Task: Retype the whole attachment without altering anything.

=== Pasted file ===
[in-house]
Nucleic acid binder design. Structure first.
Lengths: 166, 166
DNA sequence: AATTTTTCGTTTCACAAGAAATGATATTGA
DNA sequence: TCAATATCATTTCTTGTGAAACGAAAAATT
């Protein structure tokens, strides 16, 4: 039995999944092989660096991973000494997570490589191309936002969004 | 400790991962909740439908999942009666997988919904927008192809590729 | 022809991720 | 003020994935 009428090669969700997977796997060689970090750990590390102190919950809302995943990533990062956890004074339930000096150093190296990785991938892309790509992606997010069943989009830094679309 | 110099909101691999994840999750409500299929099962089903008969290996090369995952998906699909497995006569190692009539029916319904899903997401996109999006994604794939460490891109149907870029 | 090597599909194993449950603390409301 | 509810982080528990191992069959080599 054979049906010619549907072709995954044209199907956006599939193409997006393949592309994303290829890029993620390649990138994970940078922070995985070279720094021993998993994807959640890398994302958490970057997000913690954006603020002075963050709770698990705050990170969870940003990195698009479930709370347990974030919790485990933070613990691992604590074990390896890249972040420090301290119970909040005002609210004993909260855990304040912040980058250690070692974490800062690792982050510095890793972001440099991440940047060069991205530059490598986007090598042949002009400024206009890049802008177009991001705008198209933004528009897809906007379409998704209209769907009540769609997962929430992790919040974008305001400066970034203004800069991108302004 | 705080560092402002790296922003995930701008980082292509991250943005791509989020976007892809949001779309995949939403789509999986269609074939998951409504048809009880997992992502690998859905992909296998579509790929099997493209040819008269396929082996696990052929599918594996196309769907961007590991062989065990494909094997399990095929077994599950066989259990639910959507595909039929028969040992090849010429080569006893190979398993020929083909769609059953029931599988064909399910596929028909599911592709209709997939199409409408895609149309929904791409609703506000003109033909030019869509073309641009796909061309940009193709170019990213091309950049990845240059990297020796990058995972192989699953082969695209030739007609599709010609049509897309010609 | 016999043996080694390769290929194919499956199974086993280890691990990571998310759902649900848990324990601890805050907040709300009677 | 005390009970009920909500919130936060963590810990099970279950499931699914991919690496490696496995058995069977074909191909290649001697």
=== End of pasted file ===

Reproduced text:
[in-house]
Nucleic acid binder design. Structure first.
Lengths: 166, 166
DNA sequence: AATTTTTCGTTTCACAAGAAATGATATTGA
DNA sequence: TCAATATCATTTCTTGTGAAACGAAAAATT
């Protein structure tokens, strides 16, 4: 039995999944092989660096991973000494997570490589191309936002969004 | 400790991962909740439908999942009666997988919904927008192809590729 | 022809991720 | 003020994935 009428090669969700997977796997060689970090750990590390102190919950809302995943990533990062956890004074339930000096150093190296990785991938892309790509992606997010069943989009830094679309 | 110099909101691999994840999750409500299929099962089903008969290996090369995952998906699909497995006569190692009539029916319904899903997401996109999006994604794939460490891109149907870029 | 090597599909194993449950603390409301 | 509810982080528990191992069959080599 054979049906010619549907072709995954044209199907956006599939193409997006393949592309994303290829890029993620390649990138994970940078922070995985070279720094021993998993994807959640890398994302958490970057997000913690954006603020002075963050709770698990705050990170969870940003990195698009479930709370347990974030919790485990933070613990691992604590074990390896890249972040420090301290119970909040005002609210004993909260855990304040912040980058250690070692974490800062690792982050510095890793972001440099991440940047060069991205530059490598986007090598042949002009400024206009890049802008177009991001705008198209933004528009897809906007379409998704209209769907009540769609997962929430992790919040974008305001400066970034203004800069991108302004 | 705080560092402002790296922003995930701008980082292509991250943005791509989020976007892809949001779309995949939403789509999986269609074939998951409504048809009880997992992502690998859905992909296998579509790929099997493209040819008269396929082996696990052929599918594996196309769907961007590991062989065990494909094997399990095929077994599950066989259990639910959507595909039929028969040992090849010429080569006893190979398993020929083909769609059953029931599988064909399910596929028909599911592709209709997939199409409408895609149309929904791409609703506000003109033909030019869509073309641009796909061309940009193709170019990213091309950049990845240059990297020796990058995972192989699953082969695209030739007609599709010609049509897309010609 | 016999043996080694390769290929194919499956199974086993280890691990990571998310759902649900848990324990601890805050907040709300009677 | 005390009970009920909500919130936060963590810990099970279950499931699914991919690496490696496995058995069977074909191909290649001697």